It’s fair to say that I did have a source conflict in mind when I began writing this WIP, but this means of motivating my characters onward did not prove to be quite so urgent as I might have liked. But seeking out a source of conflict, having already shaped a setting and characters, is quite different and, in truth, quite difficult.

It was probably not wise to start plotting for a second draft so soon after I had finished looking at my first, but, unfortunately, time is precious and with a weekend alone in the flat I thought it was the best use of my time. I started searching for a new source of conflict by asking myself some questions: Where must this tale end? What must be achieved on the way? What obstacle might prevent this from being achieved?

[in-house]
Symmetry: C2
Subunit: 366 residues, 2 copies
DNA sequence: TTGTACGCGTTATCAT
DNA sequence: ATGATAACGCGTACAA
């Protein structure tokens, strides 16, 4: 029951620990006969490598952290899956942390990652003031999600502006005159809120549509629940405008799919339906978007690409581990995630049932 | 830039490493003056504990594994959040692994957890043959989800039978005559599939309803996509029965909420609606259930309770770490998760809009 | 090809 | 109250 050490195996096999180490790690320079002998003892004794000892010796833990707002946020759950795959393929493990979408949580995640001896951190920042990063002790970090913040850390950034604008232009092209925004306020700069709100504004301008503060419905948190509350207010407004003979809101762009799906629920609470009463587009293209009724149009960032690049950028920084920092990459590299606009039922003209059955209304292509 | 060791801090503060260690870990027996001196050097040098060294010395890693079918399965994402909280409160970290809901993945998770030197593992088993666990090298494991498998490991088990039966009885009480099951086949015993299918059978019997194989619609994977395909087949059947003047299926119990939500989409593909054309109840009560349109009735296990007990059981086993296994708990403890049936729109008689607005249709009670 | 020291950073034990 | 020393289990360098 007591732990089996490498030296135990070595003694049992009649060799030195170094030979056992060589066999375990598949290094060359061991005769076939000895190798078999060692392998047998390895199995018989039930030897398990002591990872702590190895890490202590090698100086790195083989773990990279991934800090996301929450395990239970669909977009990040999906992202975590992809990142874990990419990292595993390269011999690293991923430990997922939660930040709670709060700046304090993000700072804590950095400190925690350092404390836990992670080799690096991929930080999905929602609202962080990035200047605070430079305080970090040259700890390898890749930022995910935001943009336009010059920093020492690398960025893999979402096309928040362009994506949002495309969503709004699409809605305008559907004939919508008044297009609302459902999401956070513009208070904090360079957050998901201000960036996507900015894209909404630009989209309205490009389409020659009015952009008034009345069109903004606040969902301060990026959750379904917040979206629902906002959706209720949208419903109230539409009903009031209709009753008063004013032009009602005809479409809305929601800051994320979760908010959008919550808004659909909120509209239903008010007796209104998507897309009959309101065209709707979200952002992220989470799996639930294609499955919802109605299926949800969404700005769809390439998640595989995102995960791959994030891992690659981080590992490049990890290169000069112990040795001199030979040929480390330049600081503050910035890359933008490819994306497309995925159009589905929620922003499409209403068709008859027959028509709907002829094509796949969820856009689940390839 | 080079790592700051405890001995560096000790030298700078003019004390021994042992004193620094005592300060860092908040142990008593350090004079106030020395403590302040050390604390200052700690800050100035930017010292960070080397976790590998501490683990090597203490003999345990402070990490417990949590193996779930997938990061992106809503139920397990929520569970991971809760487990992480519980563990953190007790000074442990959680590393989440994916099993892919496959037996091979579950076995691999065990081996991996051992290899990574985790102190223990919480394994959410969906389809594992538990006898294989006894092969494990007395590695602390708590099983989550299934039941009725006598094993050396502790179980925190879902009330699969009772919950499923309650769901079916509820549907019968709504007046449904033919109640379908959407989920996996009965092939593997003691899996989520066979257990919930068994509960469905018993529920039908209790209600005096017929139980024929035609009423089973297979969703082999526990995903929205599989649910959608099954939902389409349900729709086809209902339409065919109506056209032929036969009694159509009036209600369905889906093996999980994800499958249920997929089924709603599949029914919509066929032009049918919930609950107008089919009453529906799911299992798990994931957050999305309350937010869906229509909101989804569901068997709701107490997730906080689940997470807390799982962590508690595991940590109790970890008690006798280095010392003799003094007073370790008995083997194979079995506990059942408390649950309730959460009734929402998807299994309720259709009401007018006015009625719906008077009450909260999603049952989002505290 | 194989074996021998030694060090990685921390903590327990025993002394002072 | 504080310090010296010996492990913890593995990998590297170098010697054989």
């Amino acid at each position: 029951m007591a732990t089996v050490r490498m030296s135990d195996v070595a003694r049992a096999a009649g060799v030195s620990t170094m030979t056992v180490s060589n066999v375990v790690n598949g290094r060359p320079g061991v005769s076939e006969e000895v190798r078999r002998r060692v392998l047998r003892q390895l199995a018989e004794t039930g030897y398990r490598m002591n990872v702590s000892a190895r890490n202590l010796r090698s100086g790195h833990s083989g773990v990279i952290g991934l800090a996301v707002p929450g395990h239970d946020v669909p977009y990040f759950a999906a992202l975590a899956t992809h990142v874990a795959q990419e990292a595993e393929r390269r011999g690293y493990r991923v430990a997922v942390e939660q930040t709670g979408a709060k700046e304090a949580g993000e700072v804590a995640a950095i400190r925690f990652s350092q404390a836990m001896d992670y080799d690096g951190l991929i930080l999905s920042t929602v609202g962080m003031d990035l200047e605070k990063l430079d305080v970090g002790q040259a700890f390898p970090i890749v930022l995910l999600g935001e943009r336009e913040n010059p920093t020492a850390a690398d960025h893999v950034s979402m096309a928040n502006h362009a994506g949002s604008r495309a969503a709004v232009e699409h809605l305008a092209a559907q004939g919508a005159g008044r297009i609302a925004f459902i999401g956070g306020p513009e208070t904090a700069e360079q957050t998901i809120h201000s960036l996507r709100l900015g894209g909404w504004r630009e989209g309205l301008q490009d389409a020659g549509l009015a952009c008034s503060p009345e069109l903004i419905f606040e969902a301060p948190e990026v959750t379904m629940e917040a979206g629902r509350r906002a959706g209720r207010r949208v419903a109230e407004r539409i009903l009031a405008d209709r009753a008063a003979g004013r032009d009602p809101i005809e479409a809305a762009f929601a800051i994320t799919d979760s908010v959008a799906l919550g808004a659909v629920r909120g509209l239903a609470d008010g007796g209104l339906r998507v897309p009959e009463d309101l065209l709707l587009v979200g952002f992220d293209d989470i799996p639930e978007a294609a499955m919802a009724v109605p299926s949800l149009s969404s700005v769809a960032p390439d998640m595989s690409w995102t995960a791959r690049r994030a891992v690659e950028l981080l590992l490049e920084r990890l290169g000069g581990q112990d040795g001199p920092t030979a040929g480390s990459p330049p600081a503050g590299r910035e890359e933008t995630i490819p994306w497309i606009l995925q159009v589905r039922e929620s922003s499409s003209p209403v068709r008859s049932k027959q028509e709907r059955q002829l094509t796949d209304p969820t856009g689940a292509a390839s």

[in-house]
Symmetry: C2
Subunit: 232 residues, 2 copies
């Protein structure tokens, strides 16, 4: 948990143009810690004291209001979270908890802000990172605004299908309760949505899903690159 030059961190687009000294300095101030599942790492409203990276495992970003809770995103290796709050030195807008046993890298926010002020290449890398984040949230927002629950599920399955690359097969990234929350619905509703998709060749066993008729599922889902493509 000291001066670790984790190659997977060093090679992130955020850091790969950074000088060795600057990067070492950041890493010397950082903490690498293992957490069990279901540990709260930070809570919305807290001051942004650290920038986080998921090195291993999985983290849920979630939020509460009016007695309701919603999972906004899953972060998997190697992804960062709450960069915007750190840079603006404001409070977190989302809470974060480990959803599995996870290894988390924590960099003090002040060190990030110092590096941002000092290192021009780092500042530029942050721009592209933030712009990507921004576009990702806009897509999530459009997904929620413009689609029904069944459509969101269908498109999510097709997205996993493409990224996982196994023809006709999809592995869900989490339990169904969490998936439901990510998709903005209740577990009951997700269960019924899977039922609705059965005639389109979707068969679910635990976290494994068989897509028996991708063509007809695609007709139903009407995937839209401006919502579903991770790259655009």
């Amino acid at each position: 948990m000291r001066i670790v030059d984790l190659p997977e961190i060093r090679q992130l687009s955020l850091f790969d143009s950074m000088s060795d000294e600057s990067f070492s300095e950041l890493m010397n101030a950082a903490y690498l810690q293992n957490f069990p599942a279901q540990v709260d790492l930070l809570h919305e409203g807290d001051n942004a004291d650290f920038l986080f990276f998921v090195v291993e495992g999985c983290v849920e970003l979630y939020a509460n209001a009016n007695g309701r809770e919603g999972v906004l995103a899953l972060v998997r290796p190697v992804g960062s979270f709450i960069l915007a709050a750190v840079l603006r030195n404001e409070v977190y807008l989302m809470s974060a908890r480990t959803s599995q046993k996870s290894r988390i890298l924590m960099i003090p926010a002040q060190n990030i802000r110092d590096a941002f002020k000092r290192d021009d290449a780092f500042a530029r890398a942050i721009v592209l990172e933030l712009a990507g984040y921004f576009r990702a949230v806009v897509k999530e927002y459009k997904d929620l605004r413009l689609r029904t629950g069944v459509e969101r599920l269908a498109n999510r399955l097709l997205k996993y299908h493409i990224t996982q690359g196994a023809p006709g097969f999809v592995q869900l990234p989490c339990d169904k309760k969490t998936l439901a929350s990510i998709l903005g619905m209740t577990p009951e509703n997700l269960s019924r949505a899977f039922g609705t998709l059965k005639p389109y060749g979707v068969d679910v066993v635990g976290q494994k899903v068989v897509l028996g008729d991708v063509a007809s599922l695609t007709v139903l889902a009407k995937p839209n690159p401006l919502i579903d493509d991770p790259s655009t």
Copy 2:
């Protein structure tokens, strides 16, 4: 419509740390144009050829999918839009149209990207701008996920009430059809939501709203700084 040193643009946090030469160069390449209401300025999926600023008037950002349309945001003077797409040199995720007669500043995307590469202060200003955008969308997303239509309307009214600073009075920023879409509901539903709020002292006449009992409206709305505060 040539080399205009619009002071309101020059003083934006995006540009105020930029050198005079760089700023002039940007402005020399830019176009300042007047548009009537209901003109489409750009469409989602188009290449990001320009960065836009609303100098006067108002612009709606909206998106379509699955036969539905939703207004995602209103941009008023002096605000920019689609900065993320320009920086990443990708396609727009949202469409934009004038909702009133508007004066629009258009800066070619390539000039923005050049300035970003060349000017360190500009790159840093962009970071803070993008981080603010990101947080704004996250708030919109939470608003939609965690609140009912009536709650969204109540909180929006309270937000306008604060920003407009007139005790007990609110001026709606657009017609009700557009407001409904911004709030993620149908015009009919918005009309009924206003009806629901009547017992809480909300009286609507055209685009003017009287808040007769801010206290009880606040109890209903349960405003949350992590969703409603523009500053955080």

It took a while to get there, but once the idea came, everything started to fall into place. I am pleased to report that I now have a full outline for a second draft with a new and shiny source of conflict. This single (but significant) change has helped me to develop not only the plot, but also my characters, my sense of pace, and most importantly a story which is much more interesting for me to tell and (hopefully!) for you to read. Those three simple questions really helped me to pin down what my intentions are as the story-teller, and I’d really recommend that (even if you don’t end up in the same predicament I found myself in) that you ask yourself the same questions.

I have a lot left to do. My plans before the first draft were not comprehensive and, for the second draft, I want to spend a little more time setting out my plot scene-by-scene, exploring my characters’ backgrounds, and preparing myself for a more successful draft. All of these pursuits, however, have been made much easier by the fact that I now have a solid grasp of the conflict for my yet untitled WIP.

Moral of the story – as unpleasant as they might be, every story needs a Smaug, a Satan, or a tone deaf Pierce Brosnan (thank you, Mamma Mia).